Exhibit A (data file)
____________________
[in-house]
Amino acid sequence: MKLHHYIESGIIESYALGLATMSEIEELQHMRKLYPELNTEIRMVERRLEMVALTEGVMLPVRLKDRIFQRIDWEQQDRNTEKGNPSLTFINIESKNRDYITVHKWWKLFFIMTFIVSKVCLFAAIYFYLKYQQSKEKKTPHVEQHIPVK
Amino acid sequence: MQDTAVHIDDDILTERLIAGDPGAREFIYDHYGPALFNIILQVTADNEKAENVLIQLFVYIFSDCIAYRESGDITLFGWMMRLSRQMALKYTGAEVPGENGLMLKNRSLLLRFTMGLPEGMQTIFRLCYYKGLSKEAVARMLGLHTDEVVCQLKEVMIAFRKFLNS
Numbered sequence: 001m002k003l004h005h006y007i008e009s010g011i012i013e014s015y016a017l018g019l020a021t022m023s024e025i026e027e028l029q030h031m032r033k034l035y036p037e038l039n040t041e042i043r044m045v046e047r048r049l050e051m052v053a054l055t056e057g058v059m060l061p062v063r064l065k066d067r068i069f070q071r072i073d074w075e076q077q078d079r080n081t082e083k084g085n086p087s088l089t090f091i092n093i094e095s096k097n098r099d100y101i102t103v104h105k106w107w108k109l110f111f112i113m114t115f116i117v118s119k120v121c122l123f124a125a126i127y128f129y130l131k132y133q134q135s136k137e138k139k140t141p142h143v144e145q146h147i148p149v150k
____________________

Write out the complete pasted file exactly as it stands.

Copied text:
[in-house]
Amino acid sequence: MKLHHYIESGIIESYALGLATMSEIEELQHMRKLYPELNTEIRMVERRLEMVALTEGVMLPVRLKDRIFQRIDWEQQDRNTEKGNPSLTFINIESKNRDYITVHKWWKLFFIMTFIVSKVCLFAAIYFYLKYQQSKEKKTPHVEQHIPVK
Amino acid sequence: MQDTAVHIDDDILTERLIAGDPGAREFIYDHYGPALFNIILQVTADNEKAENVLIQLFVYIFSDCIAYRESGDITLFGWMMRLSRQMALKYTGAEVPGENGLMLKNRSLLLRFTMGLPEGMQTIFRLCYYKGLSKEAVARMLGLHTDEVVCQLKEVMIAFRKFLNS
Numbered sequence: 001m002k003l004h005h006y007i008e009s010g011i012i013e014s015y016a017l018g019l020a021t022m023s024e025i026e027e028l029q030h031m032r033k034l035y036p037e038l039n040t041e042i043r044m045v046e047r048r049l050e051m052v053a054l055t056e057g058v059m060l061p062v063r064l065k066d067r068i069f070q071r072i073d074w075e076q077q078d079r080n081t082e083k084g085n086p087s088l089t090f091i092n093i094e095s096k097n098r099d100y101i102t103v104h105k106w107w108k109l110f111f112i113m114t115f116i117v118s119k120v121c122l123f124a125a126i127y128f129y130l131k132y133q134q135s136k137e138k139k140t141p142h143v144e145q146h147i148p149v150k